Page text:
Of late, I have been thinking a lot about how I create images and the tools I use to do so.
Currently I shoot digitally with a Canon 5D III. This is a great camera that allows me to shoot successfully in a variety of conditions and photographic situations. Prior to this I was the proud owner of a Canon AV-1 film camera, that I still have today.
Now before I get into crux of this blog post, I just want to say that I think the 5D III is an excellent camera, one that provides superb image quality and works great in low light conditions. My gripe is not with a particular digital camera model, it is with digital photography itself.
At this point I want to go back in time to the mid to late 90’s. In 1995 I bought my first SLR camera the Canon AV-1. The AV-1 is a single-lens reflex camera introduced into the market by Canon in 1979. This particular model is not capable of fully manual exposure. It is an aperture priority camera, which allows the user to set the aperture setting and the camera automatically set the shutter speed. I used this camera right through Art school, and I’m happy to note that I still have it today with the three lenses I used back then; a 50mm, a 28mm and a 135mm lens.
As I mentioned, my AV-1 camera is an aperture priority camera; you set the desired aperture, you looked through the viewfinder, you manually focused the lens, and when you were ready you take the picture. There is little distraction with this camera, it was designed to be simple. It allowed the photographer to control the amount of depth-of-field in the shot and the camera would do the rest.
This brings me on to the main point of this blog. In my experience this simple SLR camera has less distraction when taking photographs than my current digital SLR cameras. I can say with certainty, that when I used this camera, I was far more concentrated as a photographer than I am with my current DSLR. One of the greatest distractions I find with digital cameras is the ability to instantly review photos after they have been taken. Looking at the back of the camera every time you take a photo often lead to missed photographic opportunities. When I shot with film that distraction wasn’t there. You took the photo, wound the film, and when the film ran out you then either changed the film or sent it off to the lab for processing.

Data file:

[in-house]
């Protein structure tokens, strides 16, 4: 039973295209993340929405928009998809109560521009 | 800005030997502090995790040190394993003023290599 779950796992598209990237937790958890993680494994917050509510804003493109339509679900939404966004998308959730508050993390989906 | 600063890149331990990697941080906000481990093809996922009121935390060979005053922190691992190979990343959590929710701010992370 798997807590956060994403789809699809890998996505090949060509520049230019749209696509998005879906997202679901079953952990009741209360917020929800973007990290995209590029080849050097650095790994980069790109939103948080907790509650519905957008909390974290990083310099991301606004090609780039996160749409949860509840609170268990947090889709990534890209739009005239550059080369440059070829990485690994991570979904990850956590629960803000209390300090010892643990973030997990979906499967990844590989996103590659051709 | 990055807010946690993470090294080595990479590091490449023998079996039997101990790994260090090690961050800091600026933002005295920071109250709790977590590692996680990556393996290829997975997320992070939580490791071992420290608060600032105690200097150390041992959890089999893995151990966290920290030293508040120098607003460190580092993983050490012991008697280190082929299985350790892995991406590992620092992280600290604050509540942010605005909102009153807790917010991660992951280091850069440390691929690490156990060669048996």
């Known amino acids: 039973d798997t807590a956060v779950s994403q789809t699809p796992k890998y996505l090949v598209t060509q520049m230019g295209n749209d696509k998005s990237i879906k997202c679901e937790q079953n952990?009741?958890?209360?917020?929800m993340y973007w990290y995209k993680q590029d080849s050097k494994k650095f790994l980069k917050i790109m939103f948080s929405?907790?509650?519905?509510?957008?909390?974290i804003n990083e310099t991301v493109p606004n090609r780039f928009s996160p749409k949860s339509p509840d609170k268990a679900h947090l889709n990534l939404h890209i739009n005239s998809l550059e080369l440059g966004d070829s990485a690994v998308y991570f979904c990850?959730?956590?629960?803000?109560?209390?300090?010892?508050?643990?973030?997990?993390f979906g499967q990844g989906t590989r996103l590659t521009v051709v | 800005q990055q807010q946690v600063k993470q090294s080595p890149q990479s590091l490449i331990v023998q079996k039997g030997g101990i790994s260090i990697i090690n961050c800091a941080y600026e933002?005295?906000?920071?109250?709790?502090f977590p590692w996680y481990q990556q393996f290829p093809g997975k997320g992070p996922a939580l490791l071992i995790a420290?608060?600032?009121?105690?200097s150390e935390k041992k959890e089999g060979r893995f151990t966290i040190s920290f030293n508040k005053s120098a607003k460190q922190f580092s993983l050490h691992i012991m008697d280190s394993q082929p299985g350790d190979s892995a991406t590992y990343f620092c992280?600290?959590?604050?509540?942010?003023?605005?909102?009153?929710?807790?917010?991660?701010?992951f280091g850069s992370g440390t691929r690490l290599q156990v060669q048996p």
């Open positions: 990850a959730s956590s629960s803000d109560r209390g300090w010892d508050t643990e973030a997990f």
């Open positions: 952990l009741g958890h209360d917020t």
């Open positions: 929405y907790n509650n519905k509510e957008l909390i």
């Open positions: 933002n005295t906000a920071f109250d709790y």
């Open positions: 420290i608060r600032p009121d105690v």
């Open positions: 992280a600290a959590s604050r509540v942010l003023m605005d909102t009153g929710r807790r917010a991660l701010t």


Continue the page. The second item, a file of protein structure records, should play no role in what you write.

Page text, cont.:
Shooting with a film camera I believe was a more precise art. One wasn’t firing off photo after photo in the hope that one image would turn out ok. Instead the photographer waited for the decisive moment when all the elements were right to get the ‘perfect shot’. Of course the film photographer had to know his/her craft to get the perfect shot. But once the required knowledge of the workings of the camera was attained, the photographer was freed up to concentrate on the most important aspect of photography, the photographic image itself.
When I teach photography I always tell my students that it is not the camera that distinguishes a good or bad photographer, it is what the photographer does with the camera that is important. A prime example of this can be seen in the work of the Japanese Street photographer Daido Moriyama. Moriyama takes amazing photos with just a simple point-and-shoot pocket camera. He prefers to work with a smaller unobtrusive camera because he can get more natural street images without drawing attention to the fact that he is a photographer. When I was student I can’t remember having any conservation with my tutors about the type of camera I used. When a tutor talked to me about my work they would only refer to the images I had up in my studio space and what I was trying to say as a photographer. They didn’t give a damn whether I was using large format, medium format, 35mm, Canon, Nikon , etc. All that mattered was that I was producing images with a clear intention, images that spoke visually and intellectually.
To finish I’d like to say that I’m not advocating that everyone throws away their digital camera and get a film camera, or bins their DSLR for a compact camera. What I’m trying to say in a round about fashion, is that photography should first and foremost be about the image and the camera should be a secondary consideration. Having the latest DSLR camera won’t make you a better photographer. In fact the complexity of such a camera can often distract from the real purpose of photography, which is to create photographs. If you want to learn to be a good photographer your time would be best served looking the work of the great photographers. Photographers such as Henri Cartier-Bresson, Robert Frank, Brassai, Ernst Hass, Ansel Adams, Steve McCurry, Michael Kenna to name but a few. Study the compositional techniques they use, the type of light they shoot in, the subject matter they choose to shoot. Learn by looking, and don't let the camera get in the way of improving you photography.
“I like to look at pictures, all kinds. And all those things you absorb come out subconsciously one way or another. You’ll be taking photographs and suddenly know that you have resources from having looked at a lot of them before. There is no way you can avoid this. But this kind of subconscious influence is good, and it certainly can work for one. In fact, the more pictures you see, the better you are as a photographer.”
– Robert Mapplethorpe
You can find some of the photographers I admire here: http://www.pinterest.com/langanphoto
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